With cases of COVID-19 surging across the U.S. and the future looking uncertain, many American workers continue to do their jobs from home. While these remote workers are reducing their chances of contracting and spreading the novel coronavirus by not commuting back and forth to the office, many of them face elevated risks in another area: cybersecurity.
Remote Workers in the U.S. Lack Security Guidance
More than half of Americans who are newly working from home because of the pandemic are doing so without awareness of any new policies for password management, data handling and other aspects of information security, according to the IBM Security Work from Home Survey. Here are a few more findings from the survey:
- More than 50 percent are using their personal computers for work, and 61 percent say their employers haven’t given them tools to safeguard those devices.
- 66 percent haven’t received new guidance on password management, and 35 percent are reusing passwords.
- More than 50 percent haven’t gotten new guidance on dealing with highly regulated personally identifiable information (PII) while working remote.
This is a recipe for disaster and widespread data breaches, given that malicious actors have sought to exploit the public health crisis with COVID-19-themed scams, according to an alert issued a few months ago by the U.S. Department of Homeland Security (DHS) Cybersecurity and Infrastructure Security Agency (CISA) and the United Kingdom’s National Cyber Security Centre (NCSC).
Additionally, the CISA and NCSC have noted the shift to remote work infrastructure has created new points of vulnerability that cybercriminals can use to gain access to sensitive data. At a tumultuous time when employees need IT security guidance more than ever, many of them don’t have it.
If you haven’t issued up-to-date security guidelines for remote workers, now is the time to do so. Here are some essential factors and solutions to include in your guidelines:
1. Password policies.
More than 80 percent of breaches caused by hacking involve brute force or the use of lost or stolen credentials, according to Verizon’s 2020 Data Breach Investigations Report. It’s vital to instruct remote workers on best practices for passwords, including instructions for creating strong ones, not sharing them and changing them regularly.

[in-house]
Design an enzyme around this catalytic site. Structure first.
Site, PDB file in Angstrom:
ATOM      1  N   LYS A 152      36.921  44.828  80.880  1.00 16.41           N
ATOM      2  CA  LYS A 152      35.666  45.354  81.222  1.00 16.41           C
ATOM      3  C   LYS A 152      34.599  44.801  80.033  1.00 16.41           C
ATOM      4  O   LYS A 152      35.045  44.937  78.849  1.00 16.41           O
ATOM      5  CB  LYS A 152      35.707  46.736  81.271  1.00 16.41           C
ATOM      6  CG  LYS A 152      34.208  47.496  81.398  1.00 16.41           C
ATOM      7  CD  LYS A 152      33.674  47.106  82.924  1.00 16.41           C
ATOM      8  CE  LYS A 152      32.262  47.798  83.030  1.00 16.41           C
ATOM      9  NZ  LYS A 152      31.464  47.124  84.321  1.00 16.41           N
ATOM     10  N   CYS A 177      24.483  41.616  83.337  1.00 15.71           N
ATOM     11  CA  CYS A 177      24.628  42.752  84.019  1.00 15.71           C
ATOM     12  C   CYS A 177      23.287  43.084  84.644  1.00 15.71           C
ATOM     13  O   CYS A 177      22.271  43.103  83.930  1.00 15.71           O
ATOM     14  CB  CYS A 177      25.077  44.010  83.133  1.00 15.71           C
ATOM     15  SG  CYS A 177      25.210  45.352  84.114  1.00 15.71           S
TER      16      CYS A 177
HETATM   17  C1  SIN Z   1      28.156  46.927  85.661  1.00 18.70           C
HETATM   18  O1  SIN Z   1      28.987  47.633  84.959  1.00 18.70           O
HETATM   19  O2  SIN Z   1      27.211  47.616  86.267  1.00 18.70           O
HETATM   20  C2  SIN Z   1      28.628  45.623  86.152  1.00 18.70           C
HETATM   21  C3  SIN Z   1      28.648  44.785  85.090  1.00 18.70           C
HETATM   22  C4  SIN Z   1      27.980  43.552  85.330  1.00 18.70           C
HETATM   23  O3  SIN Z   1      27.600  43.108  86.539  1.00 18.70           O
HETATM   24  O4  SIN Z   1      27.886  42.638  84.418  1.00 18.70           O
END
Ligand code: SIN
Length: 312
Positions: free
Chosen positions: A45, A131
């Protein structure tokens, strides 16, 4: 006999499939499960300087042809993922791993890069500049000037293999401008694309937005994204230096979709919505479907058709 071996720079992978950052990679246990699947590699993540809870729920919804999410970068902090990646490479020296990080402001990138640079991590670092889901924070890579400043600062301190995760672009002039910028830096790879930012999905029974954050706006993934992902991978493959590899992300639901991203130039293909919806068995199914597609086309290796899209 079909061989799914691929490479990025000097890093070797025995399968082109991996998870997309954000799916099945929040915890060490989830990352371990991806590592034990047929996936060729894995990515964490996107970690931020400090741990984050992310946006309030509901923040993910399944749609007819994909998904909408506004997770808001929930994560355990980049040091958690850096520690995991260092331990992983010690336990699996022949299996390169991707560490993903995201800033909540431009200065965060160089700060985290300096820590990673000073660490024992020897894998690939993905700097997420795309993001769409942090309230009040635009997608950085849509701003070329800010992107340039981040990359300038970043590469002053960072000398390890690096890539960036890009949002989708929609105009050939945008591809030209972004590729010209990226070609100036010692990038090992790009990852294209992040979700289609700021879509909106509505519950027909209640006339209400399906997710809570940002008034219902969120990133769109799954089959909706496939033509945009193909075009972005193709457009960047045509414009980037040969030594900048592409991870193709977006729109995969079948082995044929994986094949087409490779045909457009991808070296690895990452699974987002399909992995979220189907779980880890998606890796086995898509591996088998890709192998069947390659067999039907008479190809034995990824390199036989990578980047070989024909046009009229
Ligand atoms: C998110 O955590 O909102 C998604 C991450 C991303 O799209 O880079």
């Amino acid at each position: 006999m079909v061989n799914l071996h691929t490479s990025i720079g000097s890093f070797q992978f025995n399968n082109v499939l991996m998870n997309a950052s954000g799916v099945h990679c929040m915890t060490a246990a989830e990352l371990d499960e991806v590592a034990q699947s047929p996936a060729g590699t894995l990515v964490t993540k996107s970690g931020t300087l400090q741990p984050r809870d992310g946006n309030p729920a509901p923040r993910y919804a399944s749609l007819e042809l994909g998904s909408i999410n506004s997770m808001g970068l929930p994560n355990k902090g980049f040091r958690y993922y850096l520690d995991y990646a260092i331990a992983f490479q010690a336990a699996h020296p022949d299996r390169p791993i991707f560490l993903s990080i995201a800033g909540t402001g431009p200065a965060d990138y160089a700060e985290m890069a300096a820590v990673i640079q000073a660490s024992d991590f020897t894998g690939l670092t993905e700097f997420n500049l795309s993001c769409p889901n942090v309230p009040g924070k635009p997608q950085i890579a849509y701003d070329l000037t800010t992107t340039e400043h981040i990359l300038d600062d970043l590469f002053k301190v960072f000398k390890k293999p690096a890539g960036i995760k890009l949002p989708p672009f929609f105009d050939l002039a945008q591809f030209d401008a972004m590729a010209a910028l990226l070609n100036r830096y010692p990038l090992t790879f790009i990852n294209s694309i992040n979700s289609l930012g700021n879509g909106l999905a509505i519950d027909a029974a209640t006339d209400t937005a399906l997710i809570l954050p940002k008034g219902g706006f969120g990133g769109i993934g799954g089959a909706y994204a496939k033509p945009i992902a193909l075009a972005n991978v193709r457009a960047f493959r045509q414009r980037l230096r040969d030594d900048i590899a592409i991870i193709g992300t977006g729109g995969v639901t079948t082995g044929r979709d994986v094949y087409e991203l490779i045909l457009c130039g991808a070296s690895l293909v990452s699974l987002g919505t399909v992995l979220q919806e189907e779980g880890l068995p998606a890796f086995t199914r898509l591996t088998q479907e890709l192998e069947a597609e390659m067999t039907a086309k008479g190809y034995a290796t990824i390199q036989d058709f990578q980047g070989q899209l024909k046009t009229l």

2. VPN usage.
You can significantly lower your organization’s data breach risk level by telling all remote workers to use a secure VPN to access your company LAN. Ensure the VPN stays up-to-date to avoid breaches, according to the CISO article “8 key security considerations for protecting remote workers.”
If you want an additional layer of security beyond what a VPN offers, you can leverage our Office Anywhere solution, a zero-trust framework with a Secure Access Service Edge (SASE). The recent migration to remote work has changed how people think about VPNs, which give end users access to everything on your network. Office Anywhere only grants access to the specific apps end users need to complete their work, based on their device’s security checks, access requirements, and a determination process. This is ideal for companies that now have staff members working remote with personal devices.
3. Multi-factor authentication.
Implementing two-factor or multi-factor authentication for all your team members’ work-related accounts adds an extra layer of protection and can prevent a breach even if someone’s credentials get stolen.
4. Anti-virus software.
You should maintain current anti-virus software on all devices used for work to lower the chances of malware infection, according to the Kaspersky Daily blog entry “Remote working safety and security.”
5. Device locking and sharing.
Ensure that your team members know to lock any devices they’re using for work before leaving them unattended. Additionally, instruct them not to share company-issued devices or personal devices with work-related data on them with friends or family members, which is a high-risk habit, according to Infosec.
6. Use of corporate apps only for work.
Instruct people working from home to not use personal apps (e.g., their non-professional Gmail account) for work purposes. Because your IT team doesn’t have control over those apps, they can’t ensure data security.
On top of issuing robust security guidelines for remote workers, you should also conduct employee security awareness training on a regular basis to make sure your staff is familiar with your company policies.
Of course, to achieve the best possible security posture, you should also implement reliable cybersecurity solutions, such as the following:
If you’d like to learn more about how to establish security guidelines for remote workers, our IT security analysts are available to assist you. We offer a wide range of advanced cybersecurity services and solutions and have considerable experience helping businesses establish secure remote work arrangements.
For more information, give us a call at 877-599-3999 or email firstname.lastname@example.org.